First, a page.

“I think we’re very close,” he said. “If I see a record on a wound­ed war­rior in the imag­ing sys­tem, I see every­thing that the [pre­vi­ous mil­i­tary] doc­tor saw. As long as I’m see­ing every­thing that doc­tor saw, that’s a very com­plete record for me. 

“As it moves on and becomes elec­tron­ic to begin with,” he con­tin­ued, “it’s faster, much eas­i­er to make care hap­pen. I can look things up a lot eas­i­er. Elec­tron­ic health records we use are great now, but it will prob­a­bly be much bet­ter in 10 years as we evolve.” 

But a num­ber of fac­tors pre­vent the depart­ments from becom­ing com­plete­ly paper­less, sev­er­al pan­elists explained. 

On the fed­er­al gov­ern­ment side, Tuck­er cit­ed grow­ing fields of study, such as trau­mat­ic brain injury, and evolv­ing mis­sions troops take on, such as human­i­tar­i­an assis­tance, that are dif­fi­cult for fed­er­al health care providers to antic­i­pate. It’s a mat­ter of updat­ing soft­ware and deploy­ing sys­tems for med­ical per­son­nel, he said. 

This most­ly occurs when doc­u­ment­ing inpa­tient care, he said, adding that mil­i­tary providers also are required to doc­u­ment detainee patient records. 

“We still have some gaps; we are still find­ing those gaps as med­i­cine evolves,” Tuck­er said. “As those gaps turn into require­ments, we will pro­vide capa­bil­i­ties to doc­u­ment, elec­tron­i­cal­ly, those shortfalls.” 

In the civil­ian sec­tor, only 11 per­cent of med­ical facil­i­ties use elec­tron­ic records, and of those, their sys­tem stan­dards vary from those the mil­i­tary and VA use. So the rough­ly 50 per­cent of mil­i­tary mem­bers, vet­er­ans and their fam­i­lies who seek care out­side the mil­i­tary and VA sys­tems are unlike­ly to ben­e­fit from the tech­nol­o­gy, Army Col. Claude Hines Jr. said. 

“The prob­lem with­in the health care sec­tor today is the stan­dards with­in the nation,” said Hines, the deputy pro­gram exec­u­tive offi­cer of inno­va­tions and deliv­ery for the Joint Med­ical Infor­ma­tion Sys­tems. “[The Defense Depart­ment] and VA are shar­ing data based upon stan­dards we cre­at­ed togeth­er. The nation wants to move to a nation­al stan­dard. Regard­less of what the sys­tem is, as long as we fol­low the nation­al stan­dard, we should be able to share that data.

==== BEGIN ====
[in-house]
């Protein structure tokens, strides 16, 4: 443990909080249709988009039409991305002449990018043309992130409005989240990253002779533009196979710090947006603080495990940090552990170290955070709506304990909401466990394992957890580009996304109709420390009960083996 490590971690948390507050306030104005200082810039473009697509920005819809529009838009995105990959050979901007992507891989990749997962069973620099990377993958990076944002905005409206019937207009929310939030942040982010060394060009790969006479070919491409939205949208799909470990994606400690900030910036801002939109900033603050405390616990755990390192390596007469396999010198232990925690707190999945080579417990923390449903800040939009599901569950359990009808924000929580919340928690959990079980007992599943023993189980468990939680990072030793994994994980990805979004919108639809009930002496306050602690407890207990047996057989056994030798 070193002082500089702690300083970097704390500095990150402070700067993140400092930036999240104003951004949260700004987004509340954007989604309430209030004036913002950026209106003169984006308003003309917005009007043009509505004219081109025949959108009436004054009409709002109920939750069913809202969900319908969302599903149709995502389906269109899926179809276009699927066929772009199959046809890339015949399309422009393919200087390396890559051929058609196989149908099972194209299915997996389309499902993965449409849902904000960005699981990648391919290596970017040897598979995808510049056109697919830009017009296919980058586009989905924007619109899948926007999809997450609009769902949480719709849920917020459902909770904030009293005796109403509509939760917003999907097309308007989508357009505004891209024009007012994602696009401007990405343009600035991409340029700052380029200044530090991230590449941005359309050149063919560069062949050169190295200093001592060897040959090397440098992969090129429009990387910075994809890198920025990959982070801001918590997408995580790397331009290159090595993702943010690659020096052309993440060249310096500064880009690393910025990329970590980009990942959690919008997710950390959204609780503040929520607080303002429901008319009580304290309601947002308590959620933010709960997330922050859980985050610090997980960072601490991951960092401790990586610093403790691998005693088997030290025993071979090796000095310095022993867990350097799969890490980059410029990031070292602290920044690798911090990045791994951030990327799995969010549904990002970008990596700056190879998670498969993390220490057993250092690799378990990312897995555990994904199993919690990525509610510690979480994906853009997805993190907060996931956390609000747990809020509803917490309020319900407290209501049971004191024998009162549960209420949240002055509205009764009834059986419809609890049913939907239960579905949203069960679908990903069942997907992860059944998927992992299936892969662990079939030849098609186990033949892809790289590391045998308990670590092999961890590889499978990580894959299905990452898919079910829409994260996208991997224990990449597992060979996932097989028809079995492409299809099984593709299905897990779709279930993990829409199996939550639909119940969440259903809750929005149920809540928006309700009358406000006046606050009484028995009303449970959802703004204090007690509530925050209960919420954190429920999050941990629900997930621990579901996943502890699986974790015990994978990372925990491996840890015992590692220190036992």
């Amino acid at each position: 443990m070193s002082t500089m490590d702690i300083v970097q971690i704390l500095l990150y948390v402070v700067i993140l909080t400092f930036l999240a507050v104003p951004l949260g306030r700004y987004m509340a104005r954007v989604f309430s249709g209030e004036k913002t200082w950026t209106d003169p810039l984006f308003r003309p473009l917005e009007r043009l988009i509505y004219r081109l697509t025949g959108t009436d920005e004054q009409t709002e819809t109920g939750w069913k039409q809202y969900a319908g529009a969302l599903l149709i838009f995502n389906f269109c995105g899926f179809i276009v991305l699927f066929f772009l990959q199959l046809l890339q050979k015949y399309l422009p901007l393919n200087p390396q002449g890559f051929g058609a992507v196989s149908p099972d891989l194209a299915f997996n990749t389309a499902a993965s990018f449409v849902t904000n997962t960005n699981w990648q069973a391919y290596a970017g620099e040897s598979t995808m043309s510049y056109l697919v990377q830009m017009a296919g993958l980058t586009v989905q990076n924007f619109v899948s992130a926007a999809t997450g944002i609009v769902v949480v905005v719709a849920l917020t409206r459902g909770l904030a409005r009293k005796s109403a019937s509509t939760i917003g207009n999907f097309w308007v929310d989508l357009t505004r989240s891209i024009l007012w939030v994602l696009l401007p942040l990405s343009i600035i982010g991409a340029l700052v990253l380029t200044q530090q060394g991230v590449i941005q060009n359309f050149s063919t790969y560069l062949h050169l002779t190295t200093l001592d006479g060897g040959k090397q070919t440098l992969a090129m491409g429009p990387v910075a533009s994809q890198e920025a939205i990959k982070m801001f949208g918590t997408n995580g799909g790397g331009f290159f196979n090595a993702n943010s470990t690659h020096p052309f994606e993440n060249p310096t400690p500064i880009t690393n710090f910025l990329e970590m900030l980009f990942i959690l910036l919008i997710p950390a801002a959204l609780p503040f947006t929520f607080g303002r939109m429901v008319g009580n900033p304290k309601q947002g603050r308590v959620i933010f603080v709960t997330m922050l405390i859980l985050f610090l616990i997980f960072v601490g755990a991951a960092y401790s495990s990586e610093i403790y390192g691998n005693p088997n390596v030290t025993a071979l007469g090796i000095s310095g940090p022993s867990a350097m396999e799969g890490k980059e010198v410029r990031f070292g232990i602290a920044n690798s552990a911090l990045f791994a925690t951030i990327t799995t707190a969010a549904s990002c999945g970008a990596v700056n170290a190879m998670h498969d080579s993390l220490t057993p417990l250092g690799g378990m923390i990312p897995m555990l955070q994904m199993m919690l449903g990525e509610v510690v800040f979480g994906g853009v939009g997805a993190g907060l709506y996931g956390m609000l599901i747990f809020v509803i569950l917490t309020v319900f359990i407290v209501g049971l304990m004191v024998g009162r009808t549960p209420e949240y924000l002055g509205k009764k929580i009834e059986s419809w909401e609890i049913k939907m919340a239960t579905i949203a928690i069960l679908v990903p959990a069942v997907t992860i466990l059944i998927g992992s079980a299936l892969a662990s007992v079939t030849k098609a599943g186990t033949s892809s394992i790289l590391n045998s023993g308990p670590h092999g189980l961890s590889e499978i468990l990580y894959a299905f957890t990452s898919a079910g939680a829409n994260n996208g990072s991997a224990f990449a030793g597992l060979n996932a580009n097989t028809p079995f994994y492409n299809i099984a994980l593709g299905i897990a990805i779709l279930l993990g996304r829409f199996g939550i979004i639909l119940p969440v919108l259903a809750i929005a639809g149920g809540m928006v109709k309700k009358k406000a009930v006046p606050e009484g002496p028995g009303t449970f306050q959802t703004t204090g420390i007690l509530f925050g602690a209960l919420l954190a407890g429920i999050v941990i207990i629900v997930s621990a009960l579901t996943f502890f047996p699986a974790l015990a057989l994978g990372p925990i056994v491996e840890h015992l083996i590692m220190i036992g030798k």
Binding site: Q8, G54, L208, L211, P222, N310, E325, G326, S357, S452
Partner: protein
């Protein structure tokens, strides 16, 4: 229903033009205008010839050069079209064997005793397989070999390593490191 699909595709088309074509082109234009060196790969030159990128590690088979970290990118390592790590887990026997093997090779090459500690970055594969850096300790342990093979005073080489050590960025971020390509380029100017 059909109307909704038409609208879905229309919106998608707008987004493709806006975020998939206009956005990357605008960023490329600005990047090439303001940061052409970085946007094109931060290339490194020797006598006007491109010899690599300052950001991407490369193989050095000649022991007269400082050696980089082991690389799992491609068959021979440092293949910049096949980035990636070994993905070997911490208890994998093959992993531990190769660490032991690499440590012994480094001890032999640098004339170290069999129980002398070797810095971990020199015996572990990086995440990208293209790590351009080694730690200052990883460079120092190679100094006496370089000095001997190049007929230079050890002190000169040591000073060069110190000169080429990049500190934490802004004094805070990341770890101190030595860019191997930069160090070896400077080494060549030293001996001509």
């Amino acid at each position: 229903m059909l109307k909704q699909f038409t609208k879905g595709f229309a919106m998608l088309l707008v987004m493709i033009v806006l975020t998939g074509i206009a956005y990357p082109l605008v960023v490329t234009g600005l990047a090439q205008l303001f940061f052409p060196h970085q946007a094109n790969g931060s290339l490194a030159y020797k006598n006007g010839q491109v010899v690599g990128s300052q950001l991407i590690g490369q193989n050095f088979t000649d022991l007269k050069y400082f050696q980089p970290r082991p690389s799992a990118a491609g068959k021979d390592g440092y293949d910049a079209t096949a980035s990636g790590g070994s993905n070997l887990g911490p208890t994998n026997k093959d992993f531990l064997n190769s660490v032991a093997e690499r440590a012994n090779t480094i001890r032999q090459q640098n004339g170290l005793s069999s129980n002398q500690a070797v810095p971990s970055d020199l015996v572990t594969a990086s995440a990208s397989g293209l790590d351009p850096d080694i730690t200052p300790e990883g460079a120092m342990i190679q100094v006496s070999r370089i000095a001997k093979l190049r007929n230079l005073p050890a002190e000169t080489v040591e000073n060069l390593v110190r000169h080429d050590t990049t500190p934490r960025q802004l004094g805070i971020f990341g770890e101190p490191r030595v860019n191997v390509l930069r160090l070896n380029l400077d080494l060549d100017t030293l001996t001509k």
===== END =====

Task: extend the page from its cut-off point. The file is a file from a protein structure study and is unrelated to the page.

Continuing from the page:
“Also, when the doc­tor looks at that data, he has the assur­ance that it is cor­rect, and the integri­ty of that data is main­tained,” Hines added. 

Hines also point­ed out that unless those seek­ing care in the pri­vate sec­tor phys­i­cal­ly bring their records to the mil­i­tary or VA, it’s like­ly that data goes unno­ticed and doc­u­ment­ed. How­ev­er, ini­tia­tives are under way with­in the Defense Depart­ment to scan such records into their sys­tems, he said. 

Ulti­mate­ly, the long-term intent is for all health records to be shared, Tuck­er said, adding that troops should­n’t be hin­dered with try­ing to pro­vide proof of their con­di­tions or injuries. The goal is that their health infor­ma­tion be pro­vid­ed seam­less­ly with­out delay, he said. 

“Cer­tain­ly, there are a num­ber of improve­ments in infor­ma­tion we’d like to see that are shared between both depart­ments [and the civil­ian sec­tor] that does­n’t impede care and that does­n’t impede our abil­i­ty to deter­mine ben­e­fits,” Tuck­er said. “We do believe, as we move for­ward and get these oth­er pieces elec­tron­i­cal­ly shared with stan­dards, it will pro­vide greater val­ue to the over­all community.” 

Source:
U.S. Depart­ment of Defense
Office of the Assis­tant Sec­re­tary of Defense (Pub­lic Affairs) 

Team GlobDef

Team GlobDef